Sunday, August 31, 2008

not your typical white person

quick post. when i was buying the ingredients to make up some red beans and rice for our tailgate party tomorrow (go bruins!), i had to ask the butcher if they had any ham hocks because there weren't any out in the open cases. the other person standing at the counter at the time, a black guy about my age, turned to me and said, "ham hocks? you are NOT a typical white person!" i thanked him for the complement and left the store grinning ear to ear!

update - because joanna asked so nicely and she is such a good friend of the blog, here's the recipe. p.s., sorry, j, this won't ever be entered for consideration on the heart of the matter! anyway, here it is...

auntie lil bird's n'awlins red beans and rice

(adapted from emeril's red beans and rice from his louisiana real and rustic cookbook)

1 lb dried small red beans, rinsed and sorted, soaked overnight and drained
2 tbsp canola oil
1 c chopped onions
1/2 c chopped bell pepper
1/2 c chopped celery
2 tsp salt
1 tsp cayenne
1/2 tsp black pepper
1 tsp dried thyme
4 bay leaves
1 lb boiled ham, cut into 1/2 in cubes
1 smoked ham hock (skin scored crosswise)
8 oz smoked sausage, cut in half then into 1/4 in slices (half moons, if you will)
3 tbsp chopped garlic
8 - 10 c water
steamed white rice

bust out your large heavy pot (le creuset or similar works best) and saute the trinity (onions, peppers, celery) and spices for about 5 mins over med-high heat. add the bay leaves, ham and ham hock and saute for an additional 5 or so minutes. (note, i did not say to add the sausage yet. simon says, back to the beginning!) add the garlic and saute until you start to smell it but before it burns. add the beans and then enough water to cover all ingredients. bring to a boil, then reduce heat. simmer, uncovered, stirring occasionally. add more water, if things start to get too dry and thick. at about the 2 hour mark, take your spoon and start mashing the beans against the side of the pot until you've mashed about 1/2 of the beans. (tip from auntie, do this on the side of the pot that is facing the back of the stove, in case you push the pot, it won't fall off the stove and spill boiling beans all over you!) this is the critical step as this is what gives the dish its creamy texture. now stir in your cut up sausage pieces and continue to stir for another 1 1/2 hours or so until mixture is creamy and beans are soft. feel free to add more water, the texture should be liquid but not watery, ifyaknowwhutimean. before serving, remove the bay leaves and the ham hock, salvage any of the non-fatty meat from the hock and return it to the pot. serve over steamed white rice with plenty of crystal hot sauce and an ice cold abita amber beer.

red beans

as a bit of history - red beans and rice is still typically served on mondays in new orleans. the reason: monday was wash day and a pot of red beans was easy to cook as it could be left relatively unattended while the lady of the house was busy all day in the yard with the laundry.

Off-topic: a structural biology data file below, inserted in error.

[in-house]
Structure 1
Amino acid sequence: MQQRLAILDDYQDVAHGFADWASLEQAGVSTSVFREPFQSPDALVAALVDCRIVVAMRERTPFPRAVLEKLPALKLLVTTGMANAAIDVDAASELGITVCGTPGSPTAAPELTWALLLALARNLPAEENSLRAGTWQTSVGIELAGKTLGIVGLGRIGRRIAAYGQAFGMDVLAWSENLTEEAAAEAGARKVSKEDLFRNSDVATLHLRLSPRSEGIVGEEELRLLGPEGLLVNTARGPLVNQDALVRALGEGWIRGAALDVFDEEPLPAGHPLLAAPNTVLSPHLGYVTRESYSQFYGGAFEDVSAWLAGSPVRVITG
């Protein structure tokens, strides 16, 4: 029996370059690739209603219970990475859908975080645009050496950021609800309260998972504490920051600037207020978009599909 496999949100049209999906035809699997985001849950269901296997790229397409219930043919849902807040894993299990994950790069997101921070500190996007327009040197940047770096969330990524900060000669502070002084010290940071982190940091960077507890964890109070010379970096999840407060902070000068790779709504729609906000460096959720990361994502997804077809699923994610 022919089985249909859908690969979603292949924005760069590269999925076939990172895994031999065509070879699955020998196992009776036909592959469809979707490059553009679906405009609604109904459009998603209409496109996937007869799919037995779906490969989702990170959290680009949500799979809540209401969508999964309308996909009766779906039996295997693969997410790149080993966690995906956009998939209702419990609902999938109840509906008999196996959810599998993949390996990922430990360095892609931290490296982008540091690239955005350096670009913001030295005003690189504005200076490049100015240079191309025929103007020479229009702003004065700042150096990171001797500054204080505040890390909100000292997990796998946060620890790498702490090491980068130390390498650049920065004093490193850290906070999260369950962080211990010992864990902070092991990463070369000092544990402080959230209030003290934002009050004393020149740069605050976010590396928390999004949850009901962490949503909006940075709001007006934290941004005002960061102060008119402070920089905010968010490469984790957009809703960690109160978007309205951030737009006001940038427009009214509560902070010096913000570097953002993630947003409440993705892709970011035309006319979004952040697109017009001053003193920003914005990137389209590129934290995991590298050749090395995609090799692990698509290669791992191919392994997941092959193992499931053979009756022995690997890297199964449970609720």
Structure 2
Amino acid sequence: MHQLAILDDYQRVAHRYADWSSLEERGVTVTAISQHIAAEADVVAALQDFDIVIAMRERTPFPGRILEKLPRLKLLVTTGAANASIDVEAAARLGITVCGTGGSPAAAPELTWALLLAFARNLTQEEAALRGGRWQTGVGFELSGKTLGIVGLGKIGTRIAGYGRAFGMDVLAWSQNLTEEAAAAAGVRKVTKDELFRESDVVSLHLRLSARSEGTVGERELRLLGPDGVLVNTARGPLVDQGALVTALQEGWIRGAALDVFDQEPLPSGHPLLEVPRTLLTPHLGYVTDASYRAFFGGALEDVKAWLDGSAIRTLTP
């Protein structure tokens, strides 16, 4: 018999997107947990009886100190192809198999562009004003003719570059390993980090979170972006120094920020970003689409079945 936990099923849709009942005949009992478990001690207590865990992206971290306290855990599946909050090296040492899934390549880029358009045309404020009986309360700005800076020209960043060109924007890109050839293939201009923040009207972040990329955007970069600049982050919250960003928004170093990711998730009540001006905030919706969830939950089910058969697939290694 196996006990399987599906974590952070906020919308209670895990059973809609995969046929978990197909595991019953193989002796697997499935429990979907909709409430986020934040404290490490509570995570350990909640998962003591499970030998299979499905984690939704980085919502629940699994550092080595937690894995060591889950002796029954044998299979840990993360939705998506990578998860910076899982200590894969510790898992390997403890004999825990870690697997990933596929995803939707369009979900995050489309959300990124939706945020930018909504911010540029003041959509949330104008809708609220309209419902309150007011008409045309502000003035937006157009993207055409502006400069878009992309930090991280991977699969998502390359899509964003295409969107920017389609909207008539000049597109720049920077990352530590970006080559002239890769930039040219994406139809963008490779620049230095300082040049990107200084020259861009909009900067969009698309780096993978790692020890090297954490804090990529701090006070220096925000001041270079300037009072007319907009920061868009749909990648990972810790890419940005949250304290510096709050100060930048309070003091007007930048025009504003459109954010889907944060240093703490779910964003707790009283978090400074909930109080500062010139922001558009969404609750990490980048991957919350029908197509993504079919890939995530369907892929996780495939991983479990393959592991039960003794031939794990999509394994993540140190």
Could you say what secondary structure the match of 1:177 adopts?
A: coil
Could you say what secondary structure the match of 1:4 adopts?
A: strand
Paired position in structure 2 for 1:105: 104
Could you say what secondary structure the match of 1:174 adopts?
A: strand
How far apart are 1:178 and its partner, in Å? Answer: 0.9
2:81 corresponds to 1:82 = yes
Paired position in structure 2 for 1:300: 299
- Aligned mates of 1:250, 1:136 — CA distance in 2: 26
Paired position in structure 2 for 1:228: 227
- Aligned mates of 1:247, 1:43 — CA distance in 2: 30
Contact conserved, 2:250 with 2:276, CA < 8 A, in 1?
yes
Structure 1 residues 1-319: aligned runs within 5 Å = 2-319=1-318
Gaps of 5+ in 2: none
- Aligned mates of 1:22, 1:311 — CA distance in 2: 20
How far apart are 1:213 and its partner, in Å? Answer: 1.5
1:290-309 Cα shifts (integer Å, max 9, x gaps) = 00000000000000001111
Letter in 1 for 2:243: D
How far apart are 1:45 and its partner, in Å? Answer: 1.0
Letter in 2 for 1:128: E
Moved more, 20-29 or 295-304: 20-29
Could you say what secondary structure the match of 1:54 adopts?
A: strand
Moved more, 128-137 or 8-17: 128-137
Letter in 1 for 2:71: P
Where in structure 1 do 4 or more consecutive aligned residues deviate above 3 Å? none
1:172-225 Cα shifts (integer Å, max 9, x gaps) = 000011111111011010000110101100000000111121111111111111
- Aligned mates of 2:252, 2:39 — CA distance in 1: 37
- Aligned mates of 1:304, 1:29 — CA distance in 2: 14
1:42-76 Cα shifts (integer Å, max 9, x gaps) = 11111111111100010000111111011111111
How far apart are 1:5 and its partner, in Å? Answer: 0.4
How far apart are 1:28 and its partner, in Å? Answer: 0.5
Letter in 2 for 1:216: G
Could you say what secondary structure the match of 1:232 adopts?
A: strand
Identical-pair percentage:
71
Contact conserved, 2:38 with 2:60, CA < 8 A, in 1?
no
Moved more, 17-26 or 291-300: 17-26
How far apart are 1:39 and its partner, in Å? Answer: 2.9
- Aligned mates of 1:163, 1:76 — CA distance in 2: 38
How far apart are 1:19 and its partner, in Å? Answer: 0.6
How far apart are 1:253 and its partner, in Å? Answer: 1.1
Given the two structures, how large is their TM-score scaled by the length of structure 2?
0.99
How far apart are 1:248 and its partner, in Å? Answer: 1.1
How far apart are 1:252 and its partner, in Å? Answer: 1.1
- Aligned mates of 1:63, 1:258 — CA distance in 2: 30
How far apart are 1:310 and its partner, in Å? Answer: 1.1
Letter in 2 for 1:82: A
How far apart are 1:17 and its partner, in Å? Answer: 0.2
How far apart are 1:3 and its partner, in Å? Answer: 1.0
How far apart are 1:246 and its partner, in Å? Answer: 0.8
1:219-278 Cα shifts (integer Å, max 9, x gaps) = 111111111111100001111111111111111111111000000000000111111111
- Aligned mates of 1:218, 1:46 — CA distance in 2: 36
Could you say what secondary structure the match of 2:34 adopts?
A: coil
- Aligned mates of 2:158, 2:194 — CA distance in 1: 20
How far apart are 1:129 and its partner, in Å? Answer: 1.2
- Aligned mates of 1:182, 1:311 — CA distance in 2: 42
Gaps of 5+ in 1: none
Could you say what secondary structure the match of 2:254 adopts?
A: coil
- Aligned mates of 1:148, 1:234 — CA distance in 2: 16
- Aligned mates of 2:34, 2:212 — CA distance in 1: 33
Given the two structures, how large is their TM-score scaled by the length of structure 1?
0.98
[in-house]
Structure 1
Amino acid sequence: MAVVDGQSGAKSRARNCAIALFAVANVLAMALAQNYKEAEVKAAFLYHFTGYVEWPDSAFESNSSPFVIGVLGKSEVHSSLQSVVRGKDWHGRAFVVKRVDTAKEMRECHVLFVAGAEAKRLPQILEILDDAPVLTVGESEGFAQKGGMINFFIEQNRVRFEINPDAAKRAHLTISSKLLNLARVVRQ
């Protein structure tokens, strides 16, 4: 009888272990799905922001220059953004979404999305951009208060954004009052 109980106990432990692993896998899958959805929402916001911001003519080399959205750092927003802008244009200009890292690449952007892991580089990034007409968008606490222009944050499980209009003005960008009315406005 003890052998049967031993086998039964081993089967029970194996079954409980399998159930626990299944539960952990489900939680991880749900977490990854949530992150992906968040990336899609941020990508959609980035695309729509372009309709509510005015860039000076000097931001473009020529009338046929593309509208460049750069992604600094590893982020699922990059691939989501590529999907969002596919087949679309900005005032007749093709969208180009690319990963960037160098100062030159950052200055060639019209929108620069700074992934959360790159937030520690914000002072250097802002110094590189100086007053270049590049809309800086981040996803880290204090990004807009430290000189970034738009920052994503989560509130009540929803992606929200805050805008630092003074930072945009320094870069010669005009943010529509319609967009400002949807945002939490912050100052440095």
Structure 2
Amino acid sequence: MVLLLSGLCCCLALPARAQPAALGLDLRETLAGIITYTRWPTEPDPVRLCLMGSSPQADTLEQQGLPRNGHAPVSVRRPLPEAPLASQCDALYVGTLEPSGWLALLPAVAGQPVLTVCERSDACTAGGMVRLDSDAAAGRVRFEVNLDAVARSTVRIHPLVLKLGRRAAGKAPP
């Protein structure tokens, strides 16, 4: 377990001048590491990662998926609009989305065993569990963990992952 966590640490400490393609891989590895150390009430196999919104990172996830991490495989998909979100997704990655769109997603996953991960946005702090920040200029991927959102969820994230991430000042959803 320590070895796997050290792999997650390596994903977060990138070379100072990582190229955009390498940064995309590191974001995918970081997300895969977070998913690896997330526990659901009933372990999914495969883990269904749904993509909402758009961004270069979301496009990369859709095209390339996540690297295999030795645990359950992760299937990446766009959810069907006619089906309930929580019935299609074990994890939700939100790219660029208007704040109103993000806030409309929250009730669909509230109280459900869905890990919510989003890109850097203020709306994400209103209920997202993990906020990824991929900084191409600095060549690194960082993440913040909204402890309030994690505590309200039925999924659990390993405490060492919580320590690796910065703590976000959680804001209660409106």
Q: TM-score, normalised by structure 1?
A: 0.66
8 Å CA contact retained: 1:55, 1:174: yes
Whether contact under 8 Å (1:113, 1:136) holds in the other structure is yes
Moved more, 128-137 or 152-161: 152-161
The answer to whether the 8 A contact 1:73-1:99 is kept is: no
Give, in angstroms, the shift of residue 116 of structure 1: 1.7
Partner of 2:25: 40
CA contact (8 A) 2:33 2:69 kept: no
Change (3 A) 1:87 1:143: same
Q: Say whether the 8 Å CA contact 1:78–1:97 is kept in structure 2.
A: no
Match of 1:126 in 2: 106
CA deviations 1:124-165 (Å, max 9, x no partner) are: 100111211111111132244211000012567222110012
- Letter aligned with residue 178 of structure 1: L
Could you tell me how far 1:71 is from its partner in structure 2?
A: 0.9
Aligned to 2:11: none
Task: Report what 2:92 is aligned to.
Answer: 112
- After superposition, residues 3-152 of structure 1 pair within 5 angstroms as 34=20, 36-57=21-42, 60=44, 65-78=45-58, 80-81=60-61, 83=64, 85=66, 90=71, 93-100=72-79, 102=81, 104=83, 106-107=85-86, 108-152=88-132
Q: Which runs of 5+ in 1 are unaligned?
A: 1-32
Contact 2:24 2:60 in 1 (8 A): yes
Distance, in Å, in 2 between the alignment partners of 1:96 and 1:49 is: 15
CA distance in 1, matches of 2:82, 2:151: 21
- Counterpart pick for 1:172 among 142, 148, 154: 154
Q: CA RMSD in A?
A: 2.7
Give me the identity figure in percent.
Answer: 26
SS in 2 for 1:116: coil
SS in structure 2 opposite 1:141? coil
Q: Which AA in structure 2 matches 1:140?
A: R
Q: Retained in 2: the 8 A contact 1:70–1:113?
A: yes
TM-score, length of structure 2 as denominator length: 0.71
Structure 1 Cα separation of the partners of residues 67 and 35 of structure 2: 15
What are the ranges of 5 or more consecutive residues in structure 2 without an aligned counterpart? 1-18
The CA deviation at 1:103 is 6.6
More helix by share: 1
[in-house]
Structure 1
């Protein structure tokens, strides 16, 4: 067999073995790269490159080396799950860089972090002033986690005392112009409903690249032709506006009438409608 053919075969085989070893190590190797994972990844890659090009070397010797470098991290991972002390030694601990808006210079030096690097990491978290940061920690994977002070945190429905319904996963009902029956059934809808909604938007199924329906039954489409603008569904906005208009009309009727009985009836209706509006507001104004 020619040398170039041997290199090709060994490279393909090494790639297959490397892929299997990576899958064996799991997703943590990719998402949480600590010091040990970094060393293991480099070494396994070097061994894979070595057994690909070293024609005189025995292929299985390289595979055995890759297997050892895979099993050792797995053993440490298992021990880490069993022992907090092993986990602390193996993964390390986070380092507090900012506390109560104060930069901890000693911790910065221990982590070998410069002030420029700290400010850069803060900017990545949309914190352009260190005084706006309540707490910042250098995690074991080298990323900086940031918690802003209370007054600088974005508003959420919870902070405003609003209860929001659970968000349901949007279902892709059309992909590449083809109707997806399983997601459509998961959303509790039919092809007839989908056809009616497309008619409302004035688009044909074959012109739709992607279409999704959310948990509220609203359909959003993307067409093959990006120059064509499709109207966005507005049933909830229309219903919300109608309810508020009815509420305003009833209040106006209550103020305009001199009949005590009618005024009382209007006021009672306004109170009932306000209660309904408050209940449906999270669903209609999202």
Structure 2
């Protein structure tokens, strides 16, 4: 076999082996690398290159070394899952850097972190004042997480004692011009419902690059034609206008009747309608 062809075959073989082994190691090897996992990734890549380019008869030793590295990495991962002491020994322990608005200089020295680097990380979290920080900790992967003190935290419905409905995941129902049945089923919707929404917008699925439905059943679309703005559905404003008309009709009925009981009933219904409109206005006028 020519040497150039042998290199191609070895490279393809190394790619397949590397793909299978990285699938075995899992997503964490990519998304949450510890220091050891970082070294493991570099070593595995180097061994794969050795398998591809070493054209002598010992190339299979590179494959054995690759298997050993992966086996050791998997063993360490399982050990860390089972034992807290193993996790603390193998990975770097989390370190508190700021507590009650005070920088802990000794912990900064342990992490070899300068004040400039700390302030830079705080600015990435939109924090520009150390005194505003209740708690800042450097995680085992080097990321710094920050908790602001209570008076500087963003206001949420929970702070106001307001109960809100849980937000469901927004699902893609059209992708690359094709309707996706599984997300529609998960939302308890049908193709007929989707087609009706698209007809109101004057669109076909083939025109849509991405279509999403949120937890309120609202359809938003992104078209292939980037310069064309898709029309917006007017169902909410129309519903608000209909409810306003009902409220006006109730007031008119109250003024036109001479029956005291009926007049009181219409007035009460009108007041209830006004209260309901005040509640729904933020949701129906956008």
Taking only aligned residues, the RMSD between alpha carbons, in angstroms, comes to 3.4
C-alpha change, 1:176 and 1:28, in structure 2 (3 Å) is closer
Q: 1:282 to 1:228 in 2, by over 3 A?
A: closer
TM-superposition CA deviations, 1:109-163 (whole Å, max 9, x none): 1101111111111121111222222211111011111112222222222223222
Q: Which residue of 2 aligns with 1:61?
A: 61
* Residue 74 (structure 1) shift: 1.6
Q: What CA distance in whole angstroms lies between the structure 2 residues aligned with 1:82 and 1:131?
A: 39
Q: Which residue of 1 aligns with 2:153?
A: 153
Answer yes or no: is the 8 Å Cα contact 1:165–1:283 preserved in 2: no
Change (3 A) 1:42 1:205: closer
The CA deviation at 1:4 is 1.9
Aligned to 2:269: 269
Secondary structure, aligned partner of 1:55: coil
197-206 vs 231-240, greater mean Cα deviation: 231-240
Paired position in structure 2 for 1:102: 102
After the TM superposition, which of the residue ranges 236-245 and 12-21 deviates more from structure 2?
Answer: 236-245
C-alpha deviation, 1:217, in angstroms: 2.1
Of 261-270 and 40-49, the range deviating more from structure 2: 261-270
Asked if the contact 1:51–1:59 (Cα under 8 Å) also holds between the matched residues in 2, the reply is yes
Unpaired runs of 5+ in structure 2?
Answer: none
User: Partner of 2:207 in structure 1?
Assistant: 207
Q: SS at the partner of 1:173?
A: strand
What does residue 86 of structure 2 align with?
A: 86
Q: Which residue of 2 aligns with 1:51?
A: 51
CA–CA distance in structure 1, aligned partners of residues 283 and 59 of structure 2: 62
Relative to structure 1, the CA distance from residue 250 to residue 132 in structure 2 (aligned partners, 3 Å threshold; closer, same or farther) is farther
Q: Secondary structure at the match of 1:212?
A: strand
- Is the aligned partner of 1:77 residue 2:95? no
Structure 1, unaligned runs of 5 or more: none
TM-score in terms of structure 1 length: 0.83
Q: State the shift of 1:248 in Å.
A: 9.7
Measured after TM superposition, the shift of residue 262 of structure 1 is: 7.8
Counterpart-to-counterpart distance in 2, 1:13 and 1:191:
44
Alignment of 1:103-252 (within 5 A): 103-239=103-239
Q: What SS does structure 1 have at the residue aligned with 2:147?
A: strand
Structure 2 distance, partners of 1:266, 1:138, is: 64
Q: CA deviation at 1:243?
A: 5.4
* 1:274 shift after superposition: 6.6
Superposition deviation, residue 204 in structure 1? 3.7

Friday, August 29, 2008

Where are those women?

You might be wondering where we've been lately. I can answer for all of us. It's just that summer time comes with responsibilities. Friends visiting, hot summer nights that don't require any additional cooking because you've baked your body all day, and let's throw in a bit o' work. Summer is just too much fun to be in the kitchen, well for me it has been. We do promise to get back to it soon.

With the long weekend here and yes, another bbq, I hope to have one new recipe to post on Tuesday but until then, ponder this.

As the days get shorter I'm starting to think of trying something new in the kitchen. I've been toying with a list of recipes I've always wanted to try and before it becomes a novel I should start ticking off a few.

These are by no mean all of my list or in any particular order:

Angel food cake
Dill pickles
Low-fat dishes that are tasty
More outdoor dutch oven cooking
More smoked meats
Chicken Molé
Real sourdough bread from my own starter

The list is growing and maybe when the thermometer dips a bit in the coming months I can tackle something new.

How did your summer go?

Saturday, August 23, 2008

Vegetarians: no monkeys were harmed in the making of this dish

When I'm in a fix for something sweet to make, in a short amount of time, I'll go to my standard, Monkey Bread. It serves as well as a dessert as it does a breakfast treat. I've never had to take any leftovers home. It's so simple it amazes me when people rave about it. Must be the brown sugar and cinnamon, gets them every time. Since there are few ingredients needed I always keep them on hand for that last minute surprise potluck. The refrigerator biscuits last forever. It's scary but I try not to think about it.

Please, no one turn up their noses at the canned biscuits used in this tasty treat. I've made it from scratch and to be honest, I like the texture of the Pillsbury biscuits better. Some recipes call for dipping each piece of dough in butter then rolling in sugar. Takes too much time and, again, not much different in the final product.

Monkey Bread
4 cans Pillsbury Buttermilk Biscuits, ten in the can. I buy 4 wrapped together in their "value pack"